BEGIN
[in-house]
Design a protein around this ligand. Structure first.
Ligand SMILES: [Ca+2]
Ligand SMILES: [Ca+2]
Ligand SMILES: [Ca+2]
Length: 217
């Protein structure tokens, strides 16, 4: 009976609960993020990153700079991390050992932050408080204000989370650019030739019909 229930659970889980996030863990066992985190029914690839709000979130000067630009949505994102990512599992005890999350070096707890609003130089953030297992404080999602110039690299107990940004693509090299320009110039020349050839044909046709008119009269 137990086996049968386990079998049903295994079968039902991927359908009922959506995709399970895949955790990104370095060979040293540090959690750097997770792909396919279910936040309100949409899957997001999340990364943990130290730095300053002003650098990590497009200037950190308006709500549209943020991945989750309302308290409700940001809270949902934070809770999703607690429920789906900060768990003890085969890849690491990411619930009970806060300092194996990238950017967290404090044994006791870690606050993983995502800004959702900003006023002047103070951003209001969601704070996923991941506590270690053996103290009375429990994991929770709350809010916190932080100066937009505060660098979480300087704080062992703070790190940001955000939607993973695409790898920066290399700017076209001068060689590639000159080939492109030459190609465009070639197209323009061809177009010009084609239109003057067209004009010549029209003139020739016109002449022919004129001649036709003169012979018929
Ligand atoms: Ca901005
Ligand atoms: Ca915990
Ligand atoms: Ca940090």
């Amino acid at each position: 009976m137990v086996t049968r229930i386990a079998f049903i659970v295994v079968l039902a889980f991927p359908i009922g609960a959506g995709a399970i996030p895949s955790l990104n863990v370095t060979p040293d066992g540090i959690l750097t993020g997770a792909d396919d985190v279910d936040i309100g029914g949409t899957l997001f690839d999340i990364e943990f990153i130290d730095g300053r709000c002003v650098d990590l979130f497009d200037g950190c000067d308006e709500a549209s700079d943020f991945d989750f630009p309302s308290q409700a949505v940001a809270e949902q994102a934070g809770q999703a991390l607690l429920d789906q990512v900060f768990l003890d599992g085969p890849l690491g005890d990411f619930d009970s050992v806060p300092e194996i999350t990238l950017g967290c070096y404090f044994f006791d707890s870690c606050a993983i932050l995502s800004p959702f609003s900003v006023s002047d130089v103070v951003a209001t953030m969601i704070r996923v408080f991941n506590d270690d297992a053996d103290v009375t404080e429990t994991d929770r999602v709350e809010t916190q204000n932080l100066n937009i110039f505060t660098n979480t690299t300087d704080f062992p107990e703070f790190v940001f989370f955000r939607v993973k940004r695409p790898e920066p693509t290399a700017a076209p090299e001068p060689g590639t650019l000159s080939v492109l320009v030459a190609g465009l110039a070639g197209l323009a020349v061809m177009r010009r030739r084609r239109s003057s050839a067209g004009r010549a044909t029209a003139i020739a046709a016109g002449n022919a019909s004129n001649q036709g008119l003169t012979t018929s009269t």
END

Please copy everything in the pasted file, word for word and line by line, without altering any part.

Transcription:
[in-house]
Design a protein around this ligand. Structure first.
Ligand SMILES: [Ca+2]
Ligand SMILES: [Ca+2]
Ligand SMILES: [Ca+2]
Length: 217
């Protein structure tokens, strides 16, 4: 009976609960993020990153700079991390050992932050408080204000989370650019030739019909 229930659970889980996030863990066992985190029914690839709000979130000067630009949505994102990512599992005890999350070096707890609003130089953030297992404080999602110039690299107990940004693509090299320009110039020349050839044909046709008119009269 137990086996049968386990079998049903295994079968039902991927359908009922959506995709399970895949955790990104370095060979040293540090959690750097997770792909396919279910936040309100949409899957997001999340990364943990130290730095300053002003650098990590497009200037950190308006709500549209943020991945989750309302308290409700940001809270949902934070809770999703607690429920789906900060768990003890085969890849690491990411619930009970806060300092194996990238950017967290404090044994006791870690606050993983995502800004959702900003006023002047103070951003209001969601704070996923991941506590270690053996103290009375429990994991929770709350809010916190932080100066937009505060660098979480300087704080062992703070790190940001955000939607993973695409790898920066290399700017076209001068060689590639000159080939492109030459190609465009070639197209323009061809177009010009084609239109003057067209004009010549029209003139020739016109002449022919004129001649036709003169012979018929
Ligand atoms: Ca901005
Ligand atoms: Ca915990
Ligand atoms: Ca940090």
């Amino acid at each position: 009976m137990v086996t049968r229930i386990a079998f049903i659970v295994v079968l039902a889980f991927p359908i009922g609960a959506g995709a399970i996030p895949s955790l990104n863990v370095t060979p040293d066992g540090i959690l750097t993020g997770a792909d396919d985190v279910d936040i309100g029914g949409t899957l997001f690839d999340i990364e943990f990153i130290d730095g300053r709000c002003v650098d990590l979130f497009d200037g950190c000067d308006e709500a549209s700079d943020f991945d989750f630009p309302s308290q409700a949505v940001a809270e949902q994102a934070g809770q999703a991390l607690l429920d789906q990512v900060f768990l003890d599992g085969p890849l690491g005890d990411f619930d009970s050992v806060p300092e194996i999350t990238l950017g967290c070096y404090f044994f006791d707890s870690c606050a993983i932050l995502s800004p959702f609003s900003v006023s002047d130089v103070v951003a209001t953030m969601i704070r996923v408080f991941n506590d270690d297992a053996d103290v009375t404080e429990t994991d929770r999602v709350e809010t916190q204000n932080l100066n937009i110039f505060t660098n979480t690299t300087d704080f062992p107990e703070f790190v940001f989370f955000r939607v993973k940004r695409p790898e920066p693509t290399a700017a076209p090299e001068p060689g590639t650019l000159s080939v492109l320009v030459a190609g465009l110039a070639g197209l323009a020349v061809m177009r010009r030739r084609r239109s003057s050839a067209g004009r010549a044909t029209a003139i020739a046709a016109g002449n022919a019909s004129n001649q036709g008119l003169t012979t018929s009269t």